As soon as you cross the threshold of this unique inn, you are immediately at peace with the world. Fanø Krogaard is a place you’ve always looked for, not only on the Danish coast. Beautiful design, creaking parquet, the scent of wood, guests chatting in hushed voices, young waiters serving food, the crackling of the fireplace in front of the reception. In the small library someone is lounging and browsing through one of the many interesting books. In every corner there are special objects, family memories or treasures from the region. And it dawns on you right away: Fanø Krogaard is the ideal place to wind down.
The lady who guides us through the house is as charming as the property itself: Mette Hyttel grew up on the other side of Fanø, on the mainland in her parents’ hotel. For a long time, she worked away and abroad as a fashion and furniture buyer only to return back to her roots a few years ago and turned this historic inn into a hidden gem. “For me, it’s a dream come true,” she says over coffee in the restaurant. “Well, a dream that of course also requires a lot of work.“
As the name suggests, this property is a “Kro”, as Danish village inns used to be called. Hospitality has always been at the heart of this place. For centuries. The exterior is inspired by the ever-present beach houses typical of the island. In fact, they all look like something out of a picture book. Everything is very well kept and charming. Fanø Krogaard is on the East side of the island, facing the Wadden Sea. The beaches and holiday homes are a mere 15 minutes’ walk to the West.
Mette’s philosophy: Hospitality meets authenticity. She wants her guests to feel like they are at home with friends. Except that Mette’s home just looks very very beautiful and there are probably few who live like that.
In addition to the restaurant space, she also planned an area for larger events. It’s a so-called “Folkestuen”, a room meant for family or friend gatherings. You can also eat outside here, in the glass conservatory, which is heated by another fireplace and has a view of the sea.
Fanø Krogaard has a total of twenty-five rooms. Four of them are in the wing formerly used for banquets. All rooms have their own terrace with a sea view and a whirlpool. Ten rooms are on the first floor of the main building, which was built in 1664. From the large windows you can admire the breathtaking horizon of the North Sea and sometimes you can see seals playing in the sand. There are also six other spartan yet meticulously maintained rooms. They are located at the back of the hotel and are called “maid’s rooms”, not because they lack charm, but because they are so tiny. They are equipped only with a bed, a wardrobe and a private bathroom, ideal for those who are planning more of an exploration trip.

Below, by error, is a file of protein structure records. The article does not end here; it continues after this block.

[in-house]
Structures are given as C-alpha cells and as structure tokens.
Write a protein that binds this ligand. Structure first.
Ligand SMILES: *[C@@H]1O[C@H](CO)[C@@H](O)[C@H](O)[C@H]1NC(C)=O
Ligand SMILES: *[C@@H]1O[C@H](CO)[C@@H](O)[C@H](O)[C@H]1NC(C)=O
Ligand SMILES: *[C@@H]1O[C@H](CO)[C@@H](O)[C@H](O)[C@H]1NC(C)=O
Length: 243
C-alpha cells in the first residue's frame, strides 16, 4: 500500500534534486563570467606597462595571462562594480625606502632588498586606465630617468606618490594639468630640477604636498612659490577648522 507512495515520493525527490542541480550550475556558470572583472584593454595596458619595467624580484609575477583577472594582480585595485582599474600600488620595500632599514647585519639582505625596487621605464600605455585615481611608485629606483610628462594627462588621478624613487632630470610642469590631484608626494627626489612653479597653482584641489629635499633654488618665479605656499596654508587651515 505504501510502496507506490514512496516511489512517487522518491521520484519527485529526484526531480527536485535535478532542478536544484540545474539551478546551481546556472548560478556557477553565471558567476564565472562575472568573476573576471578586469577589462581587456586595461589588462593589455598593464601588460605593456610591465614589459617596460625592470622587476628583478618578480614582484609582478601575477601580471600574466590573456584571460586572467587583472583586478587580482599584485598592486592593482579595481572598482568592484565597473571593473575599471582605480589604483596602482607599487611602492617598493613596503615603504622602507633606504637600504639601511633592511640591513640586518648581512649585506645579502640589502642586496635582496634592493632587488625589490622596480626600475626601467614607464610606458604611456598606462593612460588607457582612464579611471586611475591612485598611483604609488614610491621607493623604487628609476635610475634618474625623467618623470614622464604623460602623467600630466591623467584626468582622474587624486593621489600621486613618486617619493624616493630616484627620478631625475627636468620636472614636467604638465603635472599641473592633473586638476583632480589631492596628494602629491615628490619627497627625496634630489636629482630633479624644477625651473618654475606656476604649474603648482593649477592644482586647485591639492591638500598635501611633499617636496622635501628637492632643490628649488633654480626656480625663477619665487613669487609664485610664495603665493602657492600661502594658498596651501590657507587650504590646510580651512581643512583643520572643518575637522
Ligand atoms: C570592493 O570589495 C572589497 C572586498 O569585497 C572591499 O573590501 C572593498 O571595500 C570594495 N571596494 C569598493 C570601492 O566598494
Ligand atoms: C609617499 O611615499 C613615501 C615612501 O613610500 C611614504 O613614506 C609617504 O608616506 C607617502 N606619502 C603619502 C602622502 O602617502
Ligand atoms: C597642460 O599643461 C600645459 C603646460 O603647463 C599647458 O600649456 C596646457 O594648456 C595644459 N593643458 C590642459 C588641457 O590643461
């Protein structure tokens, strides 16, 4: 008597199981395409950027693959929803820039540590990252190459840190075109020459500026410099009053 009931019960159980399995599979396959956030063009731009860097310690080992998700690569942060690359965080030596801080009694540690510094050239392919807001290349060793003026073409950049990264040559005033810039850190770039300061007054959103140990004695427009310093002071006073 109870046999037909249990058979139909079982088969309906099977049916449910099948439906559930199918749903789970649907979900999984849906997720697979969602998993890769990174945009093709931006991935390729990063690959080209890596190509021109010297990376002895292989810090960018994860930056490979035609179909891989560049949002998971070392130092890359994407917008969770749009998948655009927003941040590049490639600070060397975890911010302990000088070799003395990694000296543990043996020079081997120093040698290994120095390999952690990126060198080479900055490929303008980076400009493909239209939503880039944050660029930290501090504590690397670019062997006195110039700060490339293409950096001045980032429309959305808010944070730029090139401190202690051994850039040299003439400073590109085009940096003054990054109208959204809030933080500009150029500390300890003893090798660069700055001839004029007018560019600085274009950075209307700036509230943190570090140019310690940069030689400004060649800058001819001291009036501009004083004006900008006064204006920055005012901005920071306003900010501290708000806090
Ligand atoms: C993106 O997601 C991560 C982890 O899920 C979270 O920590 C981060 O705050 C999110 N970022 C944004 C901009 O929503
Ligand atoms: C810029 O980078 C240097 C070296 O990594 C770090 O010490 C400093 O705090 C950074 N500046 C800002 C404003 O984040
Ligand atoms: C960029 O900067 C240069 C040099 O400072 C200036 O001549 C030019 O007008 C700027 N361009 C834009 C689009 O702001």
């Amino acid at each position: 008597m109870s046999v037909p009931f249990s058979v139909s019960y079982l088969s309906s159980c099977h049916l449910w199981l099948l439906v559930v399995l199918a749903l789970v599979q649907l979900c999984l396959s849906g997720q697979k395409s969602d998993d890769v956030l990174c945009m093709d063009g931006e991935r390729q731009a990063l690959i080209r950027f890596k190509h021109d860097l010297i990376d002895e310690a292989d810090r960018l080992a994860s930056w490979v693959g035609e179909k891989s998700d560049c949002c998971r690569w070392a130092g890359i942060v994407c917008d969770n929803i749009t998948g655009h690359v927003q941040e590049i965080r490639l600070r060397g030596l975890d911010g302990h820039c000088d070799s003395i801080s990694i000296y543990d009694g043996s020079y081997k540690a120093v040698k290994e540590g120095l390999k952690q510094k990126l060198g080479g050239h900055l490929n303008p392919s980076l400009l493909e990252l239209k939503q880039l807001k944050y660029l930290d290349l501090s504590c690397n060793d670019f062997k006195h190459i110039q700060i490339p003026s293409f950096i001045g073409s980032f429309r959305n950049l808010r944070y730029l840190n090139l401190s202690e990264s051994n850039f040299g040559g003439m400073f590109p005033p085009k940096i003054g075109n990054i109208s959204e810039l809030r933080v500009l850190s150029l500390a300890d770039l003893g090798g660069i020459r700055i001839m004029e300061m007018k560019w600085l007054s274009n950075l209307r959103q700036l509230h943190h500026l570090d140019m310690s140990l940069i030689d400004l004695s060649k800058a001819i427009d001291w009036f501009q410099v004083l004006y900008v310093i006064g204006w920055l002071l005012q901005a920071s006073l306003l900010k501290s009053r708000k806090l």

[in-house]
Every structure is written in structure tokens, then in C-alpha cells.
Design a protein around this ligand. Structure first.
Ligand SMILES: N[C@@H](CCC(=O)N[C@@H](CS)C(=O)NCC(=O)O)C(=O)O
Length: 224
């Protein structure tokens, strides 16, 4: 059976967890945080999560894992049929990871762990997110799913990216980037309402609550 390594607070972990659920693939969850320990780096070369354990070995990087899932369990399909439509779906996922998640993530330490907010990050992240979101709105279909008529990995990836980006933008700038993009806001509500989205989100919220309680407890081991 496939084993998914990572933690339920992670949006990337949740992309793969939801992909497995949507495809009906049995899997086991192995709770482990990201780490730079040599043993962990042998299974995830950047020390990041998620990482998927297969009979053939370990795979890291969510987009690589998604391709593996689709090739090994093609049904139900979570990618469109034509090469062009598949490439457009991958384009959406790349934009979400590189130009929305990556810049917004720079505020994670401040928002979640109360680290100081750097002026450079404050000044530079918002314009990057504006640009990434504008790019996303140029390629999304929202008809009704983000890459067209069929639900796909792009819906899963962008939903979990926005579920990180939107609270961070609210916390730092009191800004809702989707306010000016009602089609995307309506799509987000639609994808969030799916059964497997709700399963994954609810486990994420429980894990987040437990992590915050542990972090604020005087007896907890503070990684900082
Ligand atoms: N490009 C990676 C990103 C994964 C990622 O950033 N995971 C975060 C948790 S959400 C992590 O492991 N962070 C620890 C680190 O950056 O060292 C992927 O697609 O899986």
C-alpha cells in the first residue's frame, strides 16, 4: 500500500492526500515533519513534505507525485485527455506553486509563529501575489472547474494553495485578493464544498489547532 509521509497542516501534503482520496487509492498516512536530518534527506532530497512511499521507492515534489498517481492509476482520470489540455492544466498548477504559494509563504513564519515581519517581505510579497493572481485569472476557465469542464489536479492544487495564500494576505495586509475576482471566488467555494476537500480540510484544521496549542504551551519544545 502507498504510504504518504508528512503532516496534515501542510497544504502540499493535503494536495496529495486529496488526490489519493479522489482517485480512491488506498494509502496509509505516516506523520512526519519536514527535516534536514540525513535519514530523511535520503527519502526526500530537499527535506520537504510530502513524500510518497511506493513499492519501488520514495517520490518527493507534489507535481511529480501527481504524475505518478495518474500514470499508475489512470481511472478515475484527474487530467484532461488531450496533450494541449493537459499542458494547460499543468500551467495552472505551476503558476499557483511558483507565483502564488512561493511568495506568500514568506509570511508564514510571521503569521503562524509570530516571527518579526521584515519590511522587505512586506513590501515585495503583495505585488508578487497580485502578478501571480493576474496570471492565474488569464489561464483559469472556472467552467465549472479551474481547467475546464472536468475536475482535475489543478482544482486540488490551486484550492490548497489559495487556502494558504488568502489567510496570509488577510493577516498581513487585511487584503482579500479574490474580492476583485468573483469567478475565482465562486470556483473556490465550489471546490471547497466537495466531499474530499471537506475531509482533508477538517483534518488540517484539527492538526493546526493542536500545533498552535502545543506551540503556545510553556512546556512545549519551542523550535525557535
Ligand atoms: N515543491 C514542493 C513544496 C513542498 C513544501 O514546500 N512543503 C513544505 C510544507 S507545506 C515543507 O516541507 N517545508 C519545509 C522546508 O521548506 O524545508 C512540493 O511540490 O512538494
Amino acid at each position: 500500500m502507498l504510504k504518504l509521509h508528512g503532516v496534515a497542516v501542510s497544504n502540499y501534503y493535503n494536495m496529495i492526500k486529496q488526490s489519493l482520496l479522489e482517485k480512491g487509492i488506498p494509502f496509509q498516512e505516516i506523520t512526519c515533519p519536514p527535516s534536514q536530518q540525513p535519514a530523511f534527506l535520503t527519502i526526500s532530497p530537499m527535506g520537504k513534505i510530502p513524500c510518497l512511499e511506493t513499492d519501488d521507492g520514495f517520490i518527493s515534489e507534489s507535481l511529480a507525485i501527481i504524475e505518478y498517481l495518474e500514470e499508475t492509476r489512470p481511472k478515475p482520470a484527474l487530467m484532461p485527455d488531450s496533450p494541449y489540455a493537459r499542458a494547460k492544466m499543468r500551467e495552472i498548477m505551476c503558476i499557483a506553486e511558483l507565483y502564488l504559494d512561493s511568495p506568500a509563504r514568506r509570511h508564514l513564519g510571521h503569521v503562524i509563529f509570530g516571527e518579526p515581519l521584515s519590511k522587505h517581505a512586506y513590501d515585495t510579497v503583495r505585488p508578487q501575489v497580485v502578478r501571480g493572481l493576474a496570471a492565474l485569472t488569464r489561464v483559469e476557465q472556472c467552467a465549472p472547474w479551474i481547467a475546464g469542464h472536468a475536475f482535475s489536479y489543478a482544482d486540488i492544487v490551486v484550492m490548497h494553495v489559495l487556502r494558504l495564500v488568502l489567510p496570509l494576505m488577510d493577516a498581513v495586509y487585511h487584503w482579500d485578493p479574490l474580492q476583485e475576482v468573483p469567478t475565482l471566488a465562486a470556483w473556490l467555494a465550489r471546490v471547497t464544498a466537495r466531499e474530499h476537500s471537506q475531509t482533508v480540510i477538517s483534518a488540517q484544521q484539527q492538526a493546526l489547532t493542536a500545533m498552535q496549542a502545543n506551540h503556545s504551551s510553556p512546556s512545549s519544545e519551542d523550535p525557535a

In 2022 they added another 5 rooms to the property. They are in a separate house called ‘Skomagerens Hus’ and inspired by the houses here on Fanø with wallpaper, small artifacts, heavy curtains and larger beds with lots of pillows. The style is very British due to the early days when people were sailing to England.
The restaurant is, of course, the heart of the house. Everything is lovingly decorated, the crockery, the napkins, the glasses. It is all off the charts. The menu is a treat — everything is seasonal, but the chef also serves dishes with Italian and French influences. Quality is the common thread that runs through all the courses. Many patrons arrive for the excellent dinner only. For breakfast, there is a selection of á la carte dishes: a veritable triumph of Nordic delicacies, quality salmon, various types of bread, perfect eggs, cheese, cold cuts, yoghurt and Danish pastries. Always in front of windows framing the picturesque expanse of sand and waves.
Fanø lies only 50 kilometers north of Sylt and is correspondingly similar in terms of geography (well, in terms of the visitors not so much). The whole island is 15 kilometers long and 5 kilometers wide. The hotel is located in the small village of Nordby Sogn with a few other restaurants and cafés. (There is also another village called ‘Sønderho’, which is in the south).
In the summer, of course, a perfect place to spend a week on the beach in Denmark. In the low seasons as well as in winter, the house is transformed into a romantic villa from one of those Andersen novels. A real experience.
Small rooms around 130 euro per night, the bigger ones are around 260 euro including breakfast, depending on the season.
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